Void Bastards has been quite the ride. There are not a lot of games out there that grab me and get me into that “just one more round” mindset; I’m generally a story-driven gamer. Void Bastards did just that, and the two times I streamed Void Bastards during this review process, both times, I looked up at the clock to see, “Oh, it’s midnight, I should probably wrap this up…okay, but let me do one more run…”
That really should end my Void Bastards review right there, but obviously, it’s a tad light on the objective details, so let’s start to unpack it here, shall we?
So, the crazy people over at Blue Manchu Games, who you may have heard are some of the ex-developers over from Irrational Games, the people who created System Shock and then Bioshock. These guys know their way around games. Their first at-bat from 2014 was Card Hunter, a play off of the collectible card/turn-based strategy game which did fairly well for itself, but their sophomore effort with Void Bastard is a real charmer.
It’s important to go into the history of the studio behind Void Bastards because it makes sense based on the games that Blue Manchu (as Irrational) had ties to. Void Bastards is a first-person shooter that feels like a throwback to both the late-90s (System Shock), with a taste of cell shaded graphics from both Borderlands and XIII (there’s a deep cut for you).
The game’s story is told through an interspersed series of comic book style fixed-image cutscenes, with you simply hitting the space bar to advance to the next panel. While the gameplay is fluid and moves quickly, the enemies have a surprisingly few numbers of frames of animation. It’s almost laughable, giving gaming’s fight for “tightening up the graphics on level 3” (insert link), it’s funny to see these hand-drawn enemies floating around as almost one or two pictures, their attack animation as a separate picture…and that’s it. You’re almost fighting pictures of enemies. Look, it’s weird, but it works.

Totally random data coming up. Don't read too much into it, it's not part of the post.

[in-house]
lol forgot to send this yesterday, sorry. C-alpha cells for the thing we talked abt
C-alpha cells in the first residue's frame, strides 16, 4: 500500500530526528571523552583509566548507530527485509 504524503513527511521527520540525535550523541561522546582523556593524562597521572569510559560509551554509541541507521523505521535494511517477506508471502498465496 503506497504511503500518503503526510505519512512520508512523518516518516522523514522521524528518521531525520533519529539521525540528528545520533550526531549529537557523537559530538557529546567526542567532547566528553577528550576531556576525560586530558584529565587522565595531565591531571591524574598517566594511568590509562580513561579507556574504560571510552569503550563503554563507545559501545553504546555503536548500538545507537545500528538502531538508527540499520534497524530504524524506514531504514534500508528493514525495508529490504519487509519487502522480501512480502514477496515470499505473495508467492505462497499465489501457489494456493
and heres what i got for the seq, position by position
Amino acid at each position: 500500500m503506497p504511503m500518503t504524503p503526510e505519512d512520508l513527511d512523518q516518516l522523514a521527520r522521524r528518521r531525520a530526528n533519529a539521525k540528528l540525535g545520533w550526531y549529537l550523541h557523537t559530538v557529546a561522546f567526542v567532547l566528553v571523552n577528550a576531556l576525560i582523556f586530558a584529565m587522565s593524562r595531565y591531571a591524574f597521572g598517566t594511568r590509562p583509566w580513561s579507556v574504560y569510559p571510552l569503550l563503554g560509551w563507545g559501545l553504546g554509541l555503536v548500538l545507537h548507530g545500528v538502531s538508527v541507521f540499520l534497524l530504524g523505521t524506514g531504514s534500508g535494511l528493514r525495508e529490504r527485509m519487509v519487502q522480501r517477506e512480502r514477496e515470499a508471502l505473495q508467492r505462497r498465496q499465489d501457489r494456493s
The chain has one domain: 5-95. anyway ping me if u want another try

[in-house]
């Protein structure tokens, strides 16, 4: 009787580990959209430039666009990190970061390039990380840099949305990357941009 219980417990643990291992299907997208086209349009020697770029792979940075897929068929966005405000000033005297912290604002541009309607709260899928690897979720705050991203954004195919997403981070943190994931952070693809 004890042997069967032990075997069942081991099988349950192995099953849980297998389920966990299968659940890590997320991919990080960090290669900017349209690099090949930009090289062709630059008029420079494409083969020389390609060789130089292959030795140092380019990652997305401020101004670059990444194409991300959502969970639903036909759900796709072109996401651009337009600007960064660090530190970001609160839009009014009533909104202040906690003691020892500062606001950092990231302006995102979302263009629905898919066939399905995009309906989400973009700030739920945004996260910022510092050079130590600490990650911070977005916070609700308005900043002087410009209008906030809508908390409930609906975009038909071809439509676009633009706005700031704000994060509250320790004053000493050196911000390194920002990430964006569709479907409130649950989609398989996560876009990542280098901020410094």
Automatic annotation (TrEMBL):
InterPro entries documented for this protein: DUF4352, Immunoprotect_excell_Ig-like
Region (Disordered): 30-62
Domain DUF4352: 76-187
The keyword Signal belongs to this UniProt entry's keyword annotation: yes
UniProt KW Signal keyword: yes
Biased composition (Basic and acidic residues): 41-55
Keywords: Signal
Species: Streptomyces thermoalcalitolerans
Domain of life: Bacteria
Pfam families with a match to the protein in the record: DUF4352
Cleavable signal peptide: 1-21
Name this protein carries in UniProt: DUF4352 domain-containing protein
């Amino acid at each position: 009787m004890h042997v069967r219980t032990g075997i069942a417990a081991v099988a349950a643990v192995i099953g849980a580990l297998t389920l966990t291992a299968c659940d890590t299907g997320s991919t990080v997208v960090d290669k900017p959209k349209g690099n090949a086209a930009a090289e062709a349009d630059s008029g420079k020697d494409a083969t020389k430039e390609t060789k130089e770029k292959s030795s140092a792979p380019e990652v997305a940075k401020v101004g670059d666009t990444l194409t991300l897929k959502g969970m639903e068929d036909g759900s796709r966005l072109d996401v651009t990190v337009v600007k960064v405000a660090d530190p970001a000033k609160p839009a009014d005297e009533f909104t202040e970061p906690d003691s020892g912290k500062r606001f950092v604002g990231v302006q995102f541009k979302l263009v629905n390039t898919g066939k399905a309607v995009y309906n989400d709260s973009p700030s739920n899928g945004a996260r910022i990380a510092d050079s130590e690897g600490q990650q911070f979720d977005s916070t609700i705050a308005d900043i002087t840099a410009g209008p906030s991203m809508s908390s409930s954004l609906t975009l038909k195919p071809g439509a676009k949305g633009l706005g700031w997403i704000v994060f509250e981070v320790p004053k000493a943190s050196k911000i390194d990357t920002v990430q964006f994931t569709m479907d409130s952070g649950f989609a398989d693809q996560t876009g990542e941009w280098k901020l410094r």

So what is the story behind Void Bastards? You start as a packet of dehydrated powder.
Yes. In the future, inmates of intergalactic penitentiaries run by corporations are dehydrated into packets of powder for storage capabilities. And you are one of these criminals. Turns out your prison ship, the Void Ark, has drifted into the Sargasso Nebula, a wasteland of ships that have been overrun by ghostly murderous apparitions. You, dear prisoner, have been randomly chosen by the Void Ark’s AI, BACS, to scavenge the necessary parts from surrounding vessels to restart the Void Ark and fly it to safety. However, starting the ship isn’t the easiest of tasks, and the prison ship isn’t exactly built to have any random prisoner fly it, so you are sent on a variety of scavenging missions to get all the parts you need to get the authorization to start the engines and get the hell out of there.